3. Pingali, Usharani, et al. “Effect of Standardized Aqueous Extract of Withania Somniferaon Tests of Cognitive and Psychomotor Performance in Healthy Human Participants.” Pharmacognosy Research, vol. 6, no. 1, 2014, p. 12., doi:10.4103/0974-8490.122912.
  4. Jenkins, Trisha, et al. “Influence of Tryptophan and Serotonin on Mood and Cognition with a Possible Role of the Gut-Brain Axis.” Nutrients, vol. 8, no. 1, 2016, p. 56., doi:10.3390/nu8010056.
  5. Winokur, Andrew, et al. “Hormonal and Behavioral Effects Associated with Intravenousl-Tryptophan Administration.” Psychopharmacology, vol. 88, no. 2, 1986, pp. 213–219., doi:10.1007/bf00652243.
  6. Eyles, Darryl W, et al. “Distribution of the Vitamin D Receptor and 1 Alpha-Hydroxylase in Human Brain.” Journal of Chemical Neuroanatomy, U.S. National Library of Medicine, Jan. 2005, www.ncbi.nlm.nih.gov/pubmed/15589699.
  7. Kjærgaard, Marie, et al. “Effect of Vitamin D Supplement on Depression Scores in People with Low Levels of Serum 25-Hydroxyvitamin D: Nested Case—Control Study and Randomised Clinical Trial.” British Journal of Psychiatry, vol. 201, no. 05, 2012, pp. 360–368., doi:10.1192/bjp.bp.111.104349.
  8. Jääskeläinen, Tuija, et al. “Higher Serum 25-Hydroxyvitamin D Concentrations Are Related to a Reduced Risk of Depression.” British Journal of Nutrition, vol. 113, no. 09, 2015, pp. 1418–1426., doi:10.1017/s0007114515000689.
  9. Grudet, Cécile, et al. “Suicidal Patients Are Deficient in Vitamin D, Associated with a pro-Inflammatory Status in the Blood.” Psychoneuroendocrinology, vol. 50, 2014, pp. 210–219., doi:10.1016/j.psyneuen.2014.08.016.
  10. Viola, H., et al. “Apigenin, a Component OfMatricaria RecutitaFlowers, Is a Central Benzodiazepine Receptors-Ligand with Anxiolytic Effects.” Planta Medica, vol. 61, no. 03, 1995, pp. 213–216., doi:10.1055/s-2006-958058.
  11. Awad, R., et al. “Effects of Traditionally Used Anxiolytic Botanicals on Enzymes of the γ-Aminobutyric Acid (GABA) SystemThis Article Is One of a Selection of Papers Published in This Special Issue (Part 1 of 2) on the Safety and Efficacy of Natural Health Products.” Canadian Journal of Physiology and Pharmacology, vol. 85, no. 9, 2007, pp. 933–942., doi:10.1139/y07-083.
  12. Kennedy, David O., et al. “Attenuation of Laboratory-Induced Stress in Humans After Acute Administration of Melissa Officinalis (Lemon Balm).” Psychosomatic Medicine, vol. 66, no. 4, 2004, pp. 607–613., doi:10.1097/01.psy.0000132877.72833.71.
  13. Scholey, Andrew, et al. “Anti-Stress Effects of Lemon Balm-Containing Foods.” Nutrients, vol. 6, no. 11, 2014, pp. 4805–4821., doi:10.3390/nu6114805.
  14. Losso, Jack N., et al. “Pilot Study of the Tart Cherry Juice for the Treatment of Insomnia and Investigation of Mechanisms.” American Journal of Therapeutics, vol. 25, no. 2, 2018, doi:10.1097/mjt.0000000000000584.
  15. Kuehl, Kerry S, et al. “Efficacy of Tart Cherry Juice in Reducing Muscle Pain during Running: a Randomized Controlled Trial.” Journal of the International Society of Sports Nutrition, vol. 7, no. 1, 2010, doi:10.1186/1550-2783-7-17.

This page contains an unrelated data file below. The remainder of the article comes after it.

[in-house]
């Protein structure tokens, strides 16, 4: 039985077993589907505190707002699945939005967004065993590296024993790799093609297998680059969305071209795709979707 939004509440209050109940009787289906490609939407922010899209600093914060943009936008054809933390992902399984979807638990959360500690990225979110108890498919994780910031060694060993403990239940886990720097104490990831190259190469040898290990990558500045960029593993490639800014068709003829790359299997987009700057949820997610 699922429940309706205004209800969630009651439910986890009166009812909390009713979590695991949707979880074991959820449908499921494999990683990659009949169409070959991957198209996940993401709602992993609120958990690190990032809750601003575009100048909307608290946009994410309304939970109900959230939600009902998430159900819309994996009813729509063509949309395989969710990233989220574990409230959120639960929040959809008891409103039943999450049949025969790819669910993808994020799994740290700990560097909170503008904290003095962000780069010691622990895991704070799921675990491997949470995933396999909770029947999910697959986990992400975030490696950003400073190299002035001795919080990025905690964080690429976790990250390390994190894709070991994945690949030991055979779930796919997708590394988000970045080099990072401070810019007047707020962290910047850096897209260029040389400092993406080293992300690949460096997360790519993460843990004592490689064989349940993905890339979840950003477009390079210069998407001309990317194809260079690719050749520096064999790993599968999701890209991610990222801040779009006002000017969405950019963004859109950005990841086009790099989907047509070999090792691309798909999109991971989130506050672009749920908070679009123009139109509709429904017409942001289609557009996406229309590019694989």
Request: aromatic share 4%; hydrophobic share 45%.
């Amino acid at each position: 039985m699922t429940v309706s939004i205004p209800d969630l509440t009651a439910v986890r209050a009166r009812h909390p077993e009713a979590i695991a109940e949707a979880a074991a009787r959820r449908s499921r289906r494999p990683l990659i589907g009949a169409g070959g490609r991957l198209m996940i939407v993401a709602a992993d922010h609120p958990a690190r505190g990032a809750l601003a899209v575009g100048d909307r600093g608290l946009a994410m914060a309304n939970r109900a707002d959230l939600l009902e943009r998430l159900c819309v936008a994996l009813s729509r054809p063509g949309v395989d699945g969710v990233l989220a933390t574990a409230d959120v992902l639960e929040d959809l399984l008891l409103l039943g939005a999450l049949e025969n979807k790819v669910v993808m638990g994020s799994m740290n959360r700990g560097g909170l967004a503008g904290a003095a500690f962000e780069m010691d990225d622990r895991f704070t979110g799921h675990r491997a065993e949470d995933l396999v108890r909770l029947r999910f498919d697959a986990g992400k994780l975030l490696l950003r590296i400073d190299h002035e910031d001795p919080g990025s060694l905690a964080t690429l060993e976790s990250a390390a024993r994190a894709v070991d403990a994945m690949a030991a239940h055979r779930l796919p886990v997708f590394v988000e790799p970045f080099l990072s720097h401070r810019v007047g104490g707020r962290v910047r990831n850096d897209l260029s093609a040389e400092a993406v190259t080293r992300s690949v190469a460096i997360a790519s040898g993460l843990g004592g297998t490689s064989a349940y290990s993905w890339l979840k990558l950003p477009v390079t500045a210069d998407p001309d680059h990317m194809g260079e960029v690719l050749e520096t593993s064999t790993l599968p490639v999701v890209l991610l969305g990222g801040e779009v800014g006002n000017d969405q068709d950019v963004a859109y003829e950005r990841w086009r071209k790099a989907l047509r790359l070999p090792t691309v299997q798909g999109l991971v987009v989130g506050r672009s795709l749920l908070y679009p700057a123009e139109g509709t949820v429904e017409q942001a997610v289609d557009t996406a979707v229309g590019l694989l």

16. Guerrero, Fructuoso Ayala, and Graciela Mexicano Medina. “Effect of a Medicinal Plant (Passiflora Incarnata L) on Sleep.” Sleep Science, vol. 10, no. 3, 2017, pp. 96–100., doi:10.5935/1984-0063.20170018.
  17. Akhondzadeh, S., et al. “Passionflower in the Treatment of Generalized Anxiety: a Pilot Double-Blind Randomized Controlled Trial with Oxazepam.” Journal of Clinical Pharmacy and Therapeutics, vol. 26, no. 5, 2001, pp. 363–367., doi:10.1046/j.1365-2710.2001.00367.x.
  18. Jawna-Zboińska, Katarzyna, et al. “Passiflora IncarnataL. Improves Spatial Memory, Reduces Stress, and Affects Neurotransmission in Rats.” Phytotherapy Research, vol. 30, no. 5, 2016, pp. 781–789., doi:10.1002/ptr.5578.
  19. Kazuya, Toda, et al. “Passionflwoer Extract Induces High-amplitude Rhythms without Phase Shifts in the Expression of Several Circadian Clock Genes in Vitro and in Vivo.” Int Journal of Biomedical Science, vol. 13(2), 2017, pp. 84-92, https://www.ncbi.nlm.nih.gov/pmc/articles/PMC5542920.
  20. Higashiyama, Akiko, et al. “Effects of l-Theanine on Attention and Reaction Time Response.” Journal of Functional Foods, vol. 3, no. 3, 2011, pp. 171–178., doi:10.1016/j.jff.2011.03.009.
  21. White, David, et al. “Anti-Stress, Behavioural and Magnetoencephalography Effects of an l-Theanine-Based Nutrient Drink: A Randomised, Double-Blind, Placebo-Controlled, Crossover Trial.” Nutrients, vol. 8, no. 1, 2016, p. 53., doi:10.3390/nu8010053.
  22. Huang, Yu-Hui, et al. “Significantly Lower Serum and Hair Magnesium Levels in Children with Attention Deficit Hyperactivity Disorder than Controls: A Systematic Review and Meta-Analysis.” Progress in Neuro-Psychopharmacology and Biological Psychiatry, vol. 90, 2019, pp. 134–141., doi:10.1016/j.pnpbp.2018.11.012.
  23. Held, K., et al. “Oral Mg2+ Supplementation Reverses Age-Related Neuroendocrine and Sleep EEG Changes in Humans.” Pharmacopsychiatry, vol. 35, no. 4, 2002, pp. 135–143., doi:10.1055/s-2002-33195.
  24. Judy, William V., et al. “Antidiabetic Activity of a Standardized Extract (Glucosol™) from Lagerstroemia Speciosa Leaves in Type II Diabetics.” Journal of Ethnopharmacology, vol. 87, no. 1, 2003, pp. 115–117., doi:10.1016/s0378-8741(03)00122-3.
Test Results
Assessment Criteria Test Test Method Specification Test Result
Identity Shape & Color Organoleptic
Performance Tests Disintegration USP <2040> ≤ 30 min @ 37°C & pH 4.5
Average Weight USP <2091> mg ± 10%
Weight Variation USP <2091> As Per USP
Purity/ Microbial contaminants Total Aerobic Count USP <2021> < 1 X 103 CFU/g
Total Combined Yeast and Mold USP <2021> < 1 X 102 CFU/g
Escherichia coli USP <2022> Absent
Salmonella spp. USP <2022> Absent
Staphylococcus aureus USP <2022> Absent
Heavy Metals Arsenic EPA/ICP/MS < 1.0ppm
Cadmium EPA/ICP/MS < 1.0ppm
Lead EPA/ICP/MS < 1.0ppm
Total Mercury EPA/ICP/MS < 1.0ppm

Additional information

Weight 0.1058 kg
Dimensions 6 × 6 × 12 cm